Cougar’s Leap offered a unique Sauvignon Blanc rendition – the 2010 Black Rock White which is 70% Semillion, 30% SB and, according to vintner Nils Venge, includes a boost from a one-time barrel of Albarino. Cougar’s Leap was pouring 2 other wines and they were memorable: The 2008 Black Rock Zinfandel with lots of fruit coming through structure and tannins, and which Venge claims with a crooked grin is “17% alcohol.” Reviewers have dubbed it “Ballistic!” Definitely a wine with “Altitude.” I finished with a 2007 Petite Sirah at Cougar’s Leap.
Nils introduced me to Gregory Graham, and I spent quite a bit of time at Greg’s table. Former wine-maker at Rombauer, Graham has been at it for 30 years. At one point he was making 4 different Zinfandels for them. For his own label, he makes only small lots using bins for fermentation. He says this has freed him from the constraints of tank-based wine-making, giving him a lot of flexibility. He was pouring several wines. I tasted the 2009 Gregory Graham Red Hills Bartolucci Vineyard Viognier, one of the nicest Viognier’s I’ve had … and it’s a $16, 13.5% alcohol wine. Graham’s 2007 Grenache was my personal favorite of the day, delivering a mouth-filling intensity and lingering romance of fruit and texture on the palette. The 2008 Cinder Cone was my red blend favorite of the day – 48% Syrah, 24% Cabernet, and 14% each Malbec and Grenache. Big, balanced, and Red. Graham’s wines are well-priced, running from $15-16 for Dry Riesling and Sauvignon Blanc, to a high of $38 for a Sonoma Coast Pinot Noir he wasn’t pouring, and a number of wines in the $18-24 range. Gregory Graham wines represent star-quality wine-making at excellent value pricing.
Rosa d’Oro Aglianico. This is a red varietal grape of Southern Italian regions – Basilicata and Campania – pronounced alianico. I’ve had the Corte Normana from Campania (imported by Salvia Bianca), and heard of one or two Aglianico’s being vinted in California. So I was pleased and surprised to find Pietro Buttitta pouring his family’s estate-grown 2008 Aglianico. It’s a lovely wine expressing the full Aglianico character, if in a smoother, less rustic style than it’s Italian brethren. Well-priced at $18. I tasted the 2008 Barbera, which won a Silver medal in the Chronicle Wine Competition – also a fine wine at the $18 price point.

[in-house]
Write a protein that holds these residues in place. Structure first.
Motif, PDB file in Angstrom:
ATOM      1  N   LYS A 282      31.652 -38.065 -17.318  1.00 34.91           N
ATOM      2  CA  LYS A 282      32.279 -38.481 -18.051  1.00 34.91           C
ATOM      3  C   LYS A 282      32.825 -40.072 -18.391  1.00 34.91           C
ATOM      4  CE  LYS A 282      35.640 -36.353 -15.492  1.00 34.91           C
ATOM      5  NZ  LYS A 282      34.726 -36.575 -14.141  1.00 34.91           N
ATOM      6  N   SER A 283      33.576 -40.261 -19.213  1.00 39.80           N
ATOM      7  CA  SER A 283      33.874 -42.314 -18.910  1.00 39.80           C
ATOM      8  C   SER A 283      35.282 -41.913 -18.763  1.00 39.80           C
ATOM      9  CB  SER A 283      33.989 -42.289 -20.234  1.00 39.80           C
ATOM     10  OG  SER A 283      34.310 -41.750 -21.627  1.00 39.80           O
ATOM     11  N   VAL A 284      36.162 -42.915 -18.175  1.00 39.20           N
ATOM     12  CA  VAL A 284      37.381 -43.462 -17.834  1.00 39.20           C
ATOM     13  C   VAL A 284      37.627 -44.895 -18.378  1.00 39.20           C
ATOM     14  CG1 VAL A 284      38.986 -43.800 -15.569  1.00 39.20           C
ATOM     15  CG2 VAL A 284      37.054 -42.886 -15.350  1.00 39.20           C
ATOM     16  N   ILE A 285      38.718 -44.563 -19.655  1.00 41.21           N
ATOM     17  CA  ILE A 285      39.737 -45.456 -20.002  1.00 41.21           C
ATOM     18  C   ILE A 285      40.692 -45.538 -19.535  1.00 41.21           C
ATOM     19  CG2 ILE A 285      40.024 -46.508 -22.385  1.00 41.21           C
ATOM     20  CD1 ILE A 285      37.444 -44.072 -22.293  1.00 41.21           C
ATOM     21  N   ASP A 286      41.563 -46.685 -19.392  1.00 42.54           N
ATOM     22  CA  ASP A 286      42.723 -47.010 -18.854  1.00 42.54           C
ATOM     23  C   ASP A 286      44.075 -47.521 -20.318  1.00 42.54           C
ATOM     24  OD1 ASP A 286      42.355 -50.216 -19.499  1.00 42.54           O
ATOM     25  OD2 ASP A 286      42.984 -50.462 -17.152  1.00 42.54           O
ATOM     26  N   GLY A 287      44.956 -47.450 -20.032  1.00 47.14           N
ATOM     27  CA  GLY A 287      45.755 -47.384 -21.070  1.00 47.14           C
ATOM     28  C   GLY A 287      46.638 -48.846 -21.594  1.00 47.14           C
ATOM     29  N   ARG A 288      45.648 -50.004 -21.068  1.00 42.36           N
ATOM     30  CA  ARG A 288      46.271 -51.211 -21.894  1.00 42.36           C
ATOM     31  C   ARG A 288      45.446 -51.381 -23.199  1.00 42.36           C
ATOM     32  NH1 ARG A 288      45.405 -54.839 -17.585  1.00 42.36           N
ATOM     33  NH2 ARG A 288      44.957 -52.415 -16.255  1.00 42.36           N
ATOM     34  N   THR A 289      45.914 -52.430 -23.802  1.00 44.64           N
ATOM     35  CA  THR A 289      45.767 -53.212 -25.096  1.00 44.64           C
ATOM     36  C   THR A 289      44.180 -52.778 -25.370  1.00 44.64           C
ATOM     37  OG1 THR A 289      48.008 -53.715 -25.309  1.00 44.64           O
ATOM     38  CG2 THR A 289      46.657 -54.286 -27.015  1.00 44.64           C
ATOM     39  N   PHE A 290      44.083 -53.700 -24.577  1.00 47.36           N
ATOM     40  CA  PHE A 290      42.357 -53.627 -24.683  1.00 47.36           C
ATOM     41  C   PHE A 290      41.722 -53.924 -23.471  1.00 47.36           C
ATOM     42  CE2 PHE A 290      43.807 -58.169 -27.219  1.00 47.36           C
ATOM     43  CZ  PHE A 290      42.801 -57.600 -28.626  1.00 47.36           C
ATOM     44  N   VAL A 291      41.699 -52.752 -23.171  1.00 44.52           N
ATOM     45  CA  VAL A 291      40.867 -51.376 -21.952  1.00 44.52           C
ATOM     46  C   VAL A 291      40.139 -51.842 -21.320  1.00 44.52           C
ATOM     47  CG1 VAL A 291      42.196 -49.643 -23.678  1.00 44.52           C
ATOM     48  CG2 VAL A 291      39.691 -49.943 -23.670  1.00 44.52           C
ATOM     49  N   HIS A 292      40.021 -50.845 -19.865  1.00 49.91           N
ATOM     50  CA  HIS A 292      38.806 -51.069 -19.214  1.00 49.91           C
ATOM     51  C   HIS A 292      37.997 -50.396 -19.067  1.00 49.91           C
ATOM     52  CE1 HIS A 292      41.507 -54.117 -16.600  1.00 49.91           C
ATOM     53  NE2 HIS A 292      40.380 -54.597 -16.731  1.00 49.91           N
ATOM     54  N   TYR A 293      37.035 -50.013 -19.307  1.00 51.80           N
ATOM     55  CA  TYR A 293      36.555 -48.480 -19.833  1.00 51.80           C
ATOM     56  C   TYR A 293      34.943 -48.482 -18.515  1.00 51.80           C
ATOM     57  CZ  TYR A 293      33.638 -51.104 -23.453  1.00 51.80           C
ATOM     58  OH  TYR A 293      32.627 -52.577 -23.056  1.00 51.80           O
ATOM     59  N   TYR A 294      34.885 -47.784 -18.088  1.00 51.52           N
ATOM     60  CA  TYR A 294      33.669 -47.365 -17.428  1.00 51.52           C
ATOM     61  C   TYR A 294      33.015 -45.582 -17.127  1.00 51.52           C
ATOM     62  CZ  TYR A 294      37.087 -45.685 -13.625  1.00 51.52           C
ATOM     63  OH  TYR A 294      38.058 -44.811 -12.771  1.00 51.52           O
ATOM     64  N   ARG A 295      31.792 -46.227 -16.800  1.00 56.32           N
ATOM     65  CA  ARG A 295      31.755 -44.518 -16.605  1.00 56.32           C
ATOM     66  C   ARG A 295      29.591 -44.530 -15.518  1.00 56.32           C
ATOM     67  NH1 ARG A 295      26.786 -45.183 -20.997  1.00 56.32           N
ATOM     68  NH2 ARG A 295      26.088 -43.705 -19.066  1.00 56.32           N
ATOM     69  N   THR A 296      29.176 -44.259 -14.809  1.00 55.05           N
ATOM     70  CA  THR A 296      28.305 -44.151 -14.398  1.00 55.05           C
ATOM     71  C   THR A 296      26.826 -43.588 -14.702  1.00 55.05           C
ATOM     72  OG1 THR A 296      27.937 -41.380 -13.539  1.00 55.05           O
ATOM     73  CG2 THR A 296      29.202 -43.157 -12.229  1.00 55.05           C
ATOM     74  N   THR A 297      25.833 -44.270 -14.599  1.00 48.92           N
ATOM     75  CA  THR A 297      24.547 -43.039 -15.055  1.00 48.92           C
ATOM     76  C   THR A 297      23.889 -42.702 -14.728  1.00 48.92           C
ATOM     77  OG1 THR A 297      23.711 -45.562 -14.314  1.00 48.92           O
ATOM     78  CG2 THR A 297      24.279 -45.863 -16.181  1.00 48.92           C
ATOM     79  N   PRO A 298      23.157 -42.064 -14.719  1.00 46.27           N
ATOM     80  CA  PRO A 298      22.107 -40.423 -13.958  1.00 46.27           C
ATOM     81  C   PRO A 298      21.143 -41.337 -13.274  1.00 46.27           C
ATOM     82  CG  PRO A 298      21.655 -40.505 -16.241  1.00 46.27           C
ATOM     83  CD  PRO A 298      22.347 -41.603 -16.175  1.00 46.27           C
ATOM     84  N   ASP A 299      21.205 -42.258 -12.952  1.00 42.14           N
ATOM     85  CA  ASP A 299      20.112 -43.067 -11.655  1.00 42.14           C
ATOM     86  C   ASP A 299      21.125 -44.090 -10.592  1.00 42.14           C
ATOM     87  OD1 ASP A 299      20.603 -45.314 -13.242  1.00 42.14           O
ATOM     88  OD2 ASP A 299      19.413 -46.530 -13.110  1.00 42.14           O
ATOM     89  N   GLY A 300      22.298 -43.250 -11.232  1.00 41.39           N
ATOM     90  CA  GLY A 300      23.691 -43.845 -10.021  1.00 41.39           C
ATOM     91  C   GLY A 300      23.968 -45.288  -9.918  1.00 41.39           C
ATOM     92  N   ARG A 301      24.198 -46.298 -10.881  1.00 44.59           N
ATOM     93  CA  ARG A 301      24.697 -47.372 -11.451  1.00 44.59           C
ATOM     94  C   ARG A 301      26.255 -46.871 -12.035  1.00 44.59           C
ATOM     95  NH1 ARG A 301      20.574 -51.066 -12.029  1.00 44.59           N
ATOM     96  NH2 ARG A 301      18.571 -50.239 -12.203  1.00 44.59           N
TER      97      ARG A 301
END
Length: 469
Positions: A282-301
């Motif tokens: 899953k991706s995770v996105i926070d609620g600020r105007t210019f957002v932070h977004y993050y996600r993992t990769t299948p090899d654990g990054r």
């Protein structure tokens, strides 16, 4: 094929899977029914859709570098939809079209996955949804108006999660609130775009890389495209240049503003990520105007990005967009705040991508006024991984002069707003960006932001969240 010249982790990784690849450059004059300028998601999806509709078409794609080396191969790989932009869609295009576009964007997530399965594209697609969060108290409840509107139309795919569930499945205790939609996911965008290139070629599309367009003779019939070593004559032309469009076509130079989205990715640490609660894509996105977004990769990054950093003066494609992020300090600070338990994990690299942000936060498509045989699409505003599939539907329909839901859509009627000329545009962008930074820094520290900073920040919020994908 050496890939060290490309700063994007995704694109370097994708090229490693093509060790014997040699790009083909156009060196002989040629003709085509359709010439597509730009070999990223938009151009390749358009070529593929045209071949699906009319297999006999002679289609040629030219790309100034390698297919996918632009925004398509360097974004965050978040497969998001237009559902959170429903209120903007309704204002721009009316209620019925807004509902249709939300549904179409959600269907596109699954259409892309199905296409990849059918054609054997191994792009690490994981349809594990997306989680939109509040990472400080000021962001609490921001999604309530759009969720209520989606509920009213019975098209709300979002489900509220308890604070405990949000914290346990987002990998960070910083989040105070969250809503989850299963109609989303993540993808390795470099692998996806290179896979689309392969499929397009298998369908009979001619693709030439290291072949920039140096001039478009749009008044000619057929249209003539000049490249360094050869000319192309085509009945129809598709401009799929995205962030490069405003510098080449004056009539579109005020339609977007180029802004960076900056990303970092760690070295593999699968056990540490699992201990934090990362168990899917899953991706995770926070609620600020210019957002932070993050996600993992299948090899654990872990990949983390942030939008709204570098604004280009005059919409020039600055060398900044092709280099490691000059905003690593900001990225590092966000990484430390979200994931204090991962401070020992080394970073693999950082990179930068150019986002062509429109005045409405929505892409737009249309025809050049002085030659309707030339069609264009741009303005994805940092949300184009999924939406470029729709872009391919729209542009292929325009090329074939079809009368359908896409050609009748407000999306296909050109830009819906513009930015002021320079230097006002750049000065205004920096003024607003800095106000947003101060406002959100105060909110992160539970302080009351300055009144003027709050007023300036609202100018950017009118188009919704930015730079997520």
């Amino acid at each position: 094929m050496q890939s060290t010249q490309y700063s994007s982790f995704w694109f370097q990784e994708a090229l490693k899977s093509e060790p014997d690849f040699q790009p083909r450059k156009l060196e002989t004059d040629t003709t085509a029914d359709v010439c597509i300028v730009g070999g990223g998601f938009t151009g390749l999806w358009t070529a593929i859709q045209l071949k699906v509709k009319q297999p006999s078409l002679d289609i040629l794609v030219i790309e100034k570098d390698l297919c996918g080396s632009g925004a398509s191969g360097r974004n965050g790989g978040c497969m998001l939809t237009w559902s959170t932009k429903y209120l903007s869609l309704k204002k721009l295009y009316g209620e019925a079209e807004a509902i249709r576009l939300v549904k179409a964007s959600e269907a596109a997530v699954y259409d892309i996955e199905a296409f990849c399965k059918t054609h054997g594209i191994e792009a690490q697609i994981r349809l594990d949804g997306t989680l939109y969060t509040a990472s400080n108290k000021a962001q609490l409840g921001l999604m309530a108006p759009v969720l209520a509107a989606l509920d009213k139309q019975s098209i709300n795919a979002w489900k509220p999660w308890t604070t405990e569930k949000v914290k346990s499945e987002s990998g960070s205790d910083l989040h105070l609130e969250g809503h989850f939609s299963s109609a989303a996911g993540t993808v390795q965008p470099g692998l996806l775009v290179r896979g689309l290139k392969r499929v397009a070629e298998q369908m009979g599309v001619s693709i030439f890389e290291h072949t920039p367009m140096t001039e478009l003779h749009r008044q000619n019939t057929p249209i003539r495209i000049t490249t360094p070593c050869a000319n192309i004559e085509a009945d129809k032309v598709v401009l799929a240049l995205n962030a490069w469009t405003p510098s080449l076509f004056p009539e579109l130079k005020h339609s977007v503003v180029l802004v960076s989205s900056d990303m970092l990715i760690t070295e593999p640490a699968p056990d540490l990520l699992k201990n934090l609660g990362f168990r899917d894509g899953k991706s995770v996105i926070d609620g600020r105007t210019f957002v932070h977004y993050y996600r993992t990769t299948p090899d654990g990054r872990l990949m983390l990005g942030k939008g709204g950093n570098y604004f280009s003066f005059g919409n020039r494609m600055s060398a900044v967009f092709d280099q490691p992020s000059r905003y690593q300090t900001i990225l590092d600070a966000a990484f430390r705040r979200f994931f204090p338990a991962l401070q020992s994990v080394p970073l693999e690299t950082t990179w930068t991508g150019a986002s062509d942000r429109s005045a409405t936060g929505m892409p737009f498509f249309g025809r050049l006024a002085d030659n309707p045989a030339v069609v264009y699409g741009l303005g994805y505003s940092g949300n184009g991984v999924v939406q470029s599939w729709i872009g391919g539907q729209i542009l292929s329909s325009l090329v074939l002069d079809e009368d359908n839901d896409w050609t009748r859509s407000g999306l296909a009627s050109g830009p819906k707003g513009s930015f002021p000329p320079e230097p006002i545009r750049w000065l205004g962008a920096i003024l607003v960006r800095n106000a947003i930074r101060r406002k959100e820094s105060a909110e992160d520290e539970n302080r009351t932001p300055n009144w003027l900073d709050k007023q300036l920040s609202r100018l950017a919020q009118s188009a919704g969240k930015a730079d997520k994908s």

I decided the only way to cope with the bounty of Rosa d’Oro, is to visit the their Tasting Room in Kelseyville and do some serious sampling of the Primativo, Nebbiolo, Sangiovese, Dolcetto and maybe a Rosato. And in another year or two, they will be bringing out a NegroAmaro! (You read it here first.) Pietro is also a prolific blogger – check him out here.
It’s clear I have a lot to learn about Lake county as a wine region and I’m planning to make a trip. You can find various Lake County Wine events online; next up is the Lake County Wine Auction on Sept 17. The event that interests me most is the People’s Choice Wine Awards and blind tasting on November 5.
I love blind tastings … as long as I can see the view!
One last surprise: Many of Lake County Wineries have active Facebook pages, but there is definitely room for growth in the Twitter realm. The Winery SF’s most recent tweet was in July, nearly 2 months ago. One would expect better care and feeding, especially when you have a high-profile name, location, and over 2000 Twitter followers.
Celebrate Sept 1st #Cabernet Day: complimentary Vertical tasting with Topel Winery & Simple Hedonisms in Downtown Healdsburg 1-7 p.m.
Thursday, Sept, 1 is International Cabernet day. People and wineries all over the world will be sharing and celebrating this noble grape, the number one sold red varietal in the US. (Expanded hours – now from 1 to 7 p.m.!)
Special 3 Year Vertical Tasting
The tasting will take place in separate room adjacent to their tasting room, where you will enjoy a food pairing, and be able to taste this great vertical while chatting with the owners and winemakers, and other Cabernet aficionados.